“We are delighted to receive this important gift and applaud Frederick Mulder for his generosity and belief in the vision for Remai Modern,” said Executive Director & CEO Gregory Burke. “The gift builds on our holdings of one of the most influential artists of the 20th century and will enhance our ability to interpret and present significant aspects of Picasso’s artistic practice. The gift is broad in range, while several ceramics are thematically connected to the linocuts. Altogether, they make for a comprehensive collection that will excite visitors, students and researchers when Remai Modern opens.”

Frederick Mulder said: “I am delighted to present these Picasso ceramics to the Remai Modern, and to know that the residents of Saskatoon and well beyond will be able to enjoy these innovative and playful aspects of Picasso’s work. They will serve as a wonderful bridge between the highly important Picasso linocut collection in the Remai Modern, and the tradition of Saskatchewan art ceramics. I loved growing up in Saskatchewan, and I count myself lucky to be able to give something back to the city and the province that gave so much to me.”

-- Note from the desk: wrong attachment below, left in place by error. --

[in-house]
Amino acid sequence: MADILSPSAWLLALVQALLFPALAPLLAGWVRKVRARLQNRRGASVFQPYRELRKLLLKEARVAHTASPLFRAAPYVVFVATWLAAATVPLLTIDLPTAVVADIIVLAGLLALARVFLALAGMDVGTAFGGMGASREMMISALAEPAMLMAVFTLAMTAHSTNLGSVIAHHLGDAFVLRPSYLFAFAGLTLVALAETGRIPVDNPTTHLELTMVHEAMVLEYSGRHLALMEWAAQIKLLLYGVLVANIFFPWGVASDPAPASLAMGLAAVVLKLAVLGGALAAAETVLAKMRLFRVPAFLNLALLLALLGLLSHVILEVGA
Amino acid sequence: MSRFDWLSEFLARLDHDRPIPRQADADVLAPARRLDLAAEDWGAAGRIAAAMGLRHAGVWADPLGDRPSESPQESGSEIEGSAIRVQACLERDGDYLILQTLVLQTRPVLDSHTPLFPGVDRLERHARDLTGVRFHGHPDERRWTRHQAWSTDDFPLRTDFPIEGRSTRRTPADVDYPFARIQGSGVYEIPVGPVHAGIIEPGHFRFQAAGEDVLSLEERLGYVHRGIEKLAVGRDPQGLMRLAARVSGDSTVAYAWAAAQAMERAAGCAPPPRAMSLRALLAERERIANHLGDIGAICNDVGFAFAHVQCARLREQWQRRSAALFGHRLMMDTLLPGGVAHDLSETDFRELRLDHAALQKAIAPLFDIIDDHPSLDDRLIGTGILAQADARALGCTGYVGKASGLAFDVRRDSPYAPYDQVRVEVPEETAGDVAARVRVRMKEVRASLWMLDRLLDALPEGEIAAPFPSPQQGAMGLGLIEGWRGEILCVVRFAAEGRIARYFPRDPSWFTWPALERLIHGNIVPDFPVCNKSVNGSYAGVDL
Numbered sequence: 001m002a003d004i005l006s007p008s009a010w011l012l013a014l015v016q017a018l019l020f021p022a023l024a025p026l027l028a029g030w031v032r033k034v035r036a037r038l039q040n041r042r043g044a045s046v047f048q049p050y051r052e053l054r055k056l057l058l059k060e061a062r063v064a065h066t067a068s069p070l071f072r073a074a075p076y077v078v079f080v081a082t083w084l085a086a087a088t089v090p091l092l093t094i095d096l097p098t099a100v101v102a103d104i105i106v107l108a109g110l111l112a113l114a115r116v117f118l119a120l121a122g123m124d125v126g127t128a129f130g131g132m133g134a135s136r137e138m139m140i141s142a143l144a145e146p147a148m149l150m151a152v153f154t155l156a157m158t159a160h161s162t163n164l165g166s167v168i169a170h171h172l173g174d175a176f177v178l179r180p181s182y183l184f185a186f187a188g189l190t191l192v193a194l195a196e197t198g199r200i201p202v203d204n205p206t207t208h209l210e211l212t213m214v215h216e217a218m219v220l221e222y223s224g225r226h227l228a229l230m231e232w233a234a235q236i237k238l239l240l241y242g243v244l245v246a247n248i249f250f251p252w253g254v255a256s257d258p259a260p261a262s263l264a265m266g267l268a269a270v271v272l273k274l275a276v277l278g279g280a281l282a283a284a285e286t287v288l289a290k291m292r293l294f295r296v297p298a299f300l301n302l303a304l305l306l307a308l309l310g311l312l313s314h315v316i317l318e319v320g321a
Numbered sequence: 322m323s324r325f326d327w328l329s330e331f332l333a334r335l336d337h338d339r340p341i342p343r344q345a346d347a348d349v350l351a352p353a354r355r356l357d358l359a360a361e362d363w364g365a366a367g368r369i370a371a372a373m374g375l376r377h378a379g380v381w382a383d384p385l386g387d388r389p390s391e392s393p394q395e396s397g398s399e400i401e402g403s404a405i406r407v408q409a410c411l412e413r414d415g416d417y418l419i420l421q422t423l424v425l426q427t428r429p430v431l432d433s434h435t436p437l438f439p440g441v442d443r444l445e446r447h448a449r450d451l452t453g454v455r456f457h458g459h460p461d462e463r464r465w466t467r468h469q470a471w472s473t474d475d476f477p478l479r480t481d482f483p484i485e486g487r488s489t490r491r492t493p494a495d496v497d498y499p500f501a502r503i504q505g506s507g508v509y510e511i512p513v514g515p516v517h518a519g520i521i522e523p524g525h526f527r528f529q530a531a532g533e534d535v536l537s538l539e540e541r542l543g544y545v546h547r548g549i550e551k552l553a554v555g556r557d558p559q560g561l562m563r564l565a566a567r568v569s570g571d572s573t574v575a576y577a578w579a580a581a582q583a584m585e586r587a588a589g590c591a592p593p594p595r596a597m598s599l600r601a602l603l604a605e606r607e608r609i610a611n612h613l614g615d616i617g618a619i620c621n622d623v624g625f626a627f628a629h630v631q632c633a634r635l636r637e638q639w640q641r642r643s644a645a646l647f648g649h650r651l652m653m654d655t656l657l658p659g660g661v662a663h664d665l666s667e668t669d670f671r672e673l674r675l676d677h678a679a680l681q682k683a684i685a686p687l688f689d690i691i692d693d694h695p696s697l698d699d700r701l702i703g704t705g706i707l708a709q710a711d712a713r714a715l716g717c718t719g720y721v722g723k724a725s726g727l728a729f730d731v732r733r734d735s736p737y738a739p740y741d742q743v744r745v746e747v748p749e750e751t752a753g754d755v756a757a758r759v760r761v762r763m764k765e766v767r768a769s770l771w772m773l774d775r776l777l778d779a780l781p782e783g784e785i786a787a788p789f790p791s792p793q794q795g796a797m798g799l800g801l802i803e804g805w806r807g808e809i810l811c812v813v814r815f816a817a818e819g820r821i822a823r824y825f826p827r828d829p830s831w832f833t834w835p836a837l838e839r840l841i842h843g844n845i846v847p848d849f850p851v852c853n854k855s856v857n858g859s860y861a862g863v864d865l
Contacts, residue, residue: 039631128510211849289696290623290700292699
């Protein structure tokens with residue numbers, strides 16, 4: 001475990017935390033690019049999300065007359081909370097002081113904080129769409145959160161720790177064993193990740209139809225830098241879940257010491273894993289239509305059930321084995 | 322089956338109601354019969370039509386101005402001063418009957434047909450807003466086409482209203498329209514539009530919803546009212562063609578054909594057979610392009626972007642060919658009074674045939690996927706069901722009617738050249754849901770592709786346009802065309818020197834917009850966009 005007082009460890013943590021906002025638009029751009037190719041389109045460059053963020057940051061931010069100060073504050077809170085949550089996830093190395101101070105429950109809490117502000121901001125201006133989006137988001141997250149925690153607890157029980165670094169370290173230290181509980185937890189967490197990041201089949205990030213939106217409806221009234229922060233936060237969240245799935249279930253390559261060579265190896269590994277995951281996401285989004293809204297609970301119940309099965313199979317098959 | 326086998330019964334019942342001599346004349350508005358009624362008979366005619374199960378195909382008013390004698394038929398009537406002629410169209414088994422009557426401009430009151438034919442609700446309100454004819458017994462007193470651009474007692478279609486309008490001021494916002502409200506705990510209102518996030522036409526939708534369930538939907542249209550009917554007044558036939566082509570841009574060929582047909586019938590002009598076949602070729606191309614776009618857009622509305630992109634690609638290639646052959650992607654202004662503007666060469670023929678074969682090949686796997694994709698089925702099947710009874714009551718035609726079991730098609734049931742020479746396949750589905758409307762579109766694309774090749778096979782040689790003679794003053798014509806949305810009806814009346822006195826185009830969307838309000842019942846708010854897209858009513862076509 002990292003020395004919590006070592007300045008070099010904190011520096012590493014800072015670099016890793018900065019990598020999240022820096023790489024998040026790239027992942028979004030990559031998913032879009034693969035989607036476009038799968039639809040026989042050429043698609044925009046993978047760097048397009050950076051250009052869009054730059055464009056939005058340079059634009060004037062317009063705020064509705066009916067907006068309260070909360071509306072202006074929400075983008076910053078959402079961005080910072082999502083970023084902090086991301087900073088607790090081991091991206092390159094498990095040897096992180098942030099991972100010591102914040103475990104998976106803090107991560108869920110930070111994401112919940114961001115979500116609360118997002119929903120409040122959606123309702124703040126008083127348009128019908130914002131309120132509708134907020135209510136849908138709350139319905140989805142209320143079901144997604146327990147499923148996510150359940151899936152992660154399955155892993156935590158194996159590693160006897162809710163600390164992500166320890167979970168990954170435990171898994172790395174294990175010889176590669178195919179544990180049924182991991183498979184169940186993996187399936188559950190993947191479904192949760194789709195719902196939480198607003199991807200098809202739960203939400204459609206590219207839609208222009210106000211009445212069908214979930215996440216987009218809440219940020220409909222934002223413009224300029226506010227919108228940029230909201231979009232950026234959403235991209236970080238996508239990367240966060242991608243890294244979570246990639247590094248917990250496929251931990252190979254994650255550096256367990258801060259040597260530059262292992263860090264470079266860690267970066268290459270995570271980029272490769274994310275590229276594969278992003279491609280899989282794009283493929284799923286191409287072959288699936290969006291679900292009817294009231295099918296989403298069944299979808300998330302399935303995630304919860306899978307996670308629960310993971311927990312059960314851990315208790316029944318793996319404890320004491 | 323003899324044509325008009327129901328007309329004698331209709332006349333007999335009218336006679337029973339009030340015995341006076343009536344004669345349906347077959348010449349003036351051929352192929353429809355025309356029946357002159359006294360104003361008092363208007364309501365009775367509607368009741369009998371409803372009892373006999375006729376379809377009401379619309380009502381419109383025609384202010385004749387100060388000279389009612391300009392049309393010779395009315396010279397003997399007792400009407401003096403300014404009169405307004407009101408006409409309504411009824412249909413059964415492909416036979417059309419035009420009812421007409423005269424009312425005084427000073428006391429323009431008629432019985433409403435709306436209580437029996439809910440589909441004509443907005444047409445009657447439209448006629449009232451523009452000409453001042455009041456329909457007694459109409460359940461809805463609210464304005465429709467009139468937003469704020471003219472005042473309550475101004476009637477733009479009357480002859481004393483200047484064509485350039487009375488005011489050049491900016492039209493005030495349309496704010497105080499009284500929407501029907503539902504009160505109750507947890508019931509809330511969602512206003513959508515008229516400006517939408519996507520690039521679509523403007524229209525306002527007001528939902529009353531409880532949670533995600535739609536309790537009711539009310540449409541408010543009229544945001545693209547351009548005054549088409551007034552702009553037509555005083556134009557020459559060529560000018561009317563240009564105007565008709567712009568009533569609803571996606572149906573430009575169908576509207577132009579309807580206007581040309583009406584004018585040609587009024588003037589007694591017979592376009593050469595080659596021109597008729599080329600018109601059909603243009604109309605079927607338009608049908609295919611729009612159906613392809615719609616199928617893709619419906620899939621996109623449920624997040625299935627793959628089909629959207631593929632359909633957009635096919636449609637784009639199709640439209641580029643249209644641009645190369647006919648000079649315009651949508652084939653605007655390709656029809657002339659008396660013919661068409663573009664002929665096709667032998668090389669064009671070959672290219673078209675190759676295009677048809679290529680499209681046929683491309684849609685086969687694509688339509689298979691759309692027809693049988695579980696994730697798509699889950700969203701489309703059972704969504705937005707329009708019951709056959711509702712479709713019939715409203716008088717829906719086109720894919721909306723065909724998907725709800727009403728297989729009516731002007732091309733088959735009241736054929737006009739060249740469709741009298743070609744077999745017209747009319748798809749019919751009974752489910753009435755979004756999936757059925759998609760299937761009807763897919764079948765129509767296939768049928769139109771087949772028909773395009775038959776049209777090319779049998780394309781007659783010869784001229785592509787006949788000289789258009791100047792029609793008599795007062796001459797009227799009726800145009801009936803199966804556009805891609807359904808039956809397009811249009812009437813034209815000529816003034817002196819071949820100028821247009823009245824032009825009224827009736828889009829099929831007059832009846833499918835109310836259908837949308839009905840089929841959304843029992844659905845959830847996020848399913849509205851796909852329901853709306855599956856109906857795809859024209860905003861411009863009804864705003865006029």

The ceramics will be exhibited in a gallery dedicated to Picasso and works of international modernity at Remai Modern, Burke said. The new gallery, under construction at Saskatoon’s River Landing, is scheduled to open in 2016.

About Frederick Mulder